When Dale Murphy thinks deeply, he wrinkles his forehead, shuffles his feet and stammers until the words fall in place. The Atlanta Braves' 24-year-old slugger, a pillar of the franchise, swayed like a Florida palm tree trying to put his personal and professional changes in perspective.
"Basically, it's like going from being a boy playing a game, to a man with responsibilities," Murphy said. "I haven't changed, but my life certainly has."
Murphy was making the National League forget about Bob Horner last season when he tore cartilage in his knee while catching Phil Niekro's knuckleball May 21. At the time, the Braves' cleanup hitter led the league in runs-batted-in, 36, was second in homers, 13, and averaged .348. He returned at the all-star break as a first baseman and hit only eight more homers.
A devoted Mormon whose top priority is the family, Murphy fulfilled his ultimate ambition Oct. 29, when he married Nancy Thomas in Salt Lake City, Utah. The Murphys expect their first born in July.
While Dale was adjusting to marriage and making a home, he heard the rumors over the winter that he would be playing his third position in three years in 1980. Indeed, Manager Bob Cox moved the 6-foot-5, 215-pound native of Portland, Oregon, to left field, and the spring was devoted to his indoctrination.
Murphy also had to adjust to not having his best friend and road roommate around. Barry Bonnell was traded to Toronto.
Through all the changes, Dale Murphy remained a model of consistency; the same innocent, respectful and dedicated individual he was when the Braves made him their No. 1 free agent draft pick in 1974. And now he feels more confident and secure than ever before.
"While I was single, I always felt like something was missing in my life," Murphy said. "Marrying Nancy and starting a family gives me more of a purpose in life. And after an 0-for-4, she sure will be nice to come home to. It is just exciting being with someone."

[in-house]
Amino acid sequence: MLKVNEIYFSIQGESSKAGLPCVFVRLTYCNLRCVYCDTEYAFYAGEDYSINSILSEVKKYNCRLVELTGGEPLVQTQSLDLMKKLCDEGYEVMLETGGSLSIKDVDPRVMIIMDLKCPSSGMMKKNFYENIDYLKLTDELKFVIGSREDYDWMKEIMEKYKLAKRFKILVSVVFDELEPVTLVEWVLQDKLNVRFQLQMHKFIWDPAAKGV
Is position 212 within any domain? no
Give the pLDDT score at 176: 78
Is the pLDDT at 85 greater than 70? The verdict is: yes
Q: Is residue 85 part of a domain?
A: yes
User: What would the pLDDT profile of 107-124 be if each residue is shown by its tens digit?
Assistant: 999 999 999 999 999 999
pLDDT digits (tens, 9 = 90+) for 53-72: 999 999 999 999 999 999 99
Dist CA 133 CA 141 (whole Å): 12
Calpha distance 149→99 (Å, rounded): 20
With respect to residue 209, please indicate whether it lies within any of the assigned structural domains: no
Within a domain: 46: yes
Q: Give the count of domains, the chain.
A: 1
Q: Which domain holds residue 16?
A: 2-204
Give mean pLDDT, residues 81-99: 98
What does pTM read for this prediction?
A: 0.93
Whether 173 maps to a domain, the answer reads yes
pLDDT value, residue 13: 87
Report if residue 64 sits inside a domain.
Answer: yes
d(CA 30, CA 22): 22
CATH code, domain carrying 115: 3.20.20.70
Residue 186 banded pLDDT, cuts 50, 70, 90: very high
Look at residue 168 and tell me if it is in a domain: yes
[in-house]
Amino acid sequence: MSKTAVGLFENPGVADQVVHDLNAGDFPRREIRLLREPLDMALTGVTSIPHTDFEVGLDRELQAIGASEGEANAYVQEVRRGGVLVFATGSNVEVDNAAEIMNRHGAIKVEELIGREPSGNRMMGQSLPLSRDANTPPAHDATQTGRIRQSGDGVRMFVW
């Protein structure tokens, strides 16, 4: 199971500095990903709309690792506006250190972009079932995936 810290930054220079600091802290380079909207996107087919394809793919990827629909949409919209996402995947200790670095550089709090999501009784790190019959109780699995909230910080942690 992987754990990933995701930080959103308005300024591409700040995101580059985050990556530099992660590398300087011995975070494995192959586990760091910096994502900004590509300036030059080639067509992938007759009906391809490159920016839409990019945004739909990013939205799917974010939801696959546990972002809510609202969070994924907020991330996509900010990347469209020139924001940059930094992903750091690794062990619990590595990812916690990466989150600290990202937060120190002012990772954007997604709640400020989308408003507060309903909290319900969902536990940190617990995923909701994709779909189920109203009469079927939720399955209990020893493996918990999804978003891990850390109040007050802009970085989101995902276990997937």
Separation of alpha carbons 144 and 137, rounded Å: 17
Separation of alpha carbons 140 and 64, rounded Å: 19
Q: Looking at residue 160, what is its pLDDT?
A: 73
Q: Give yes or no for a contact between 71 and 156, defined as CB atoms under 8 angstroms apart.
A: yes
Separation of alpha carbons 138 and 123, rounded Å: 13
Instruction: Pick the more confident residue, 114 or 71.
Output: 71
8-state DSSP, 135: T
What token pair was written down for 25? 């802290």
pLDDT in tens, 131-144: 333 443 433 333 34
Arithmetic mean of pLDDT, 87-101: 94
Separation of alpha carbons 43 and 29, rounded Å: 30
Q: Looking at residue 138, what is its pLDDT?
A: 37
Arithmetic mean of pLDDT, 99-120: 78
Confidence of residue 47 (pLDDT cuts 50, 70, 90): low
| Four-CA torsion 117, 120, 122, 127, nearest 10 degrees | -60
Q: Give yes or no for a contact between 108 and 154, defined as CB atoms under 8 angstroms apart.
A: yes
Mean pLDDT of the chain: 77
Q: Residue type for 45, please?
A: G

Murphy's transition to the outfield was no less graceful. Cox was confident of the transition from the start, but even the manager admitted he was surprised by Murphy's natural reactions. There never was a question concerning the strength of his arm, only the accuracy.
"Maybe I've done all right," Murphy said, forever playing down his achievements, "but it was like starting over in baseball again. I hated to miss the final exhibition games because I need as much game experience as possible."
Murphy's awesome power is made for Atlanta Stadium, known fondly by hitters as "The Launching Pad." Murphy will anchor Atlanta's modern-day murderer's row of Gary Matthews, Bob Horner, and Chris Chambliss. In two seasons, Murphy has hit 44 home runs.
"I would like to think I have the capabilities of hitting 40 home runs, especially considering the park we play in," Murphy said. "But I still get fooled on some pitches. I'm not concerned with numbers as much as I am with improvement."
"I won't say I think we can win the pennant, but I definitely see improvement in the team," he said. "I have realistic optimism. That's the way I am about most things. The church and family helps me keep my life and expectations in perspective."
"You have to keep a balance. One day you are the greatest hittest since Hank Aaron, and the next day you can't hit a thing. The church has kept me on an even keel, and Nancy will add more stability. Some of the changes have been drastic, but they have been for the better. All of a sudden you realize you are a man with a man's responsibilities."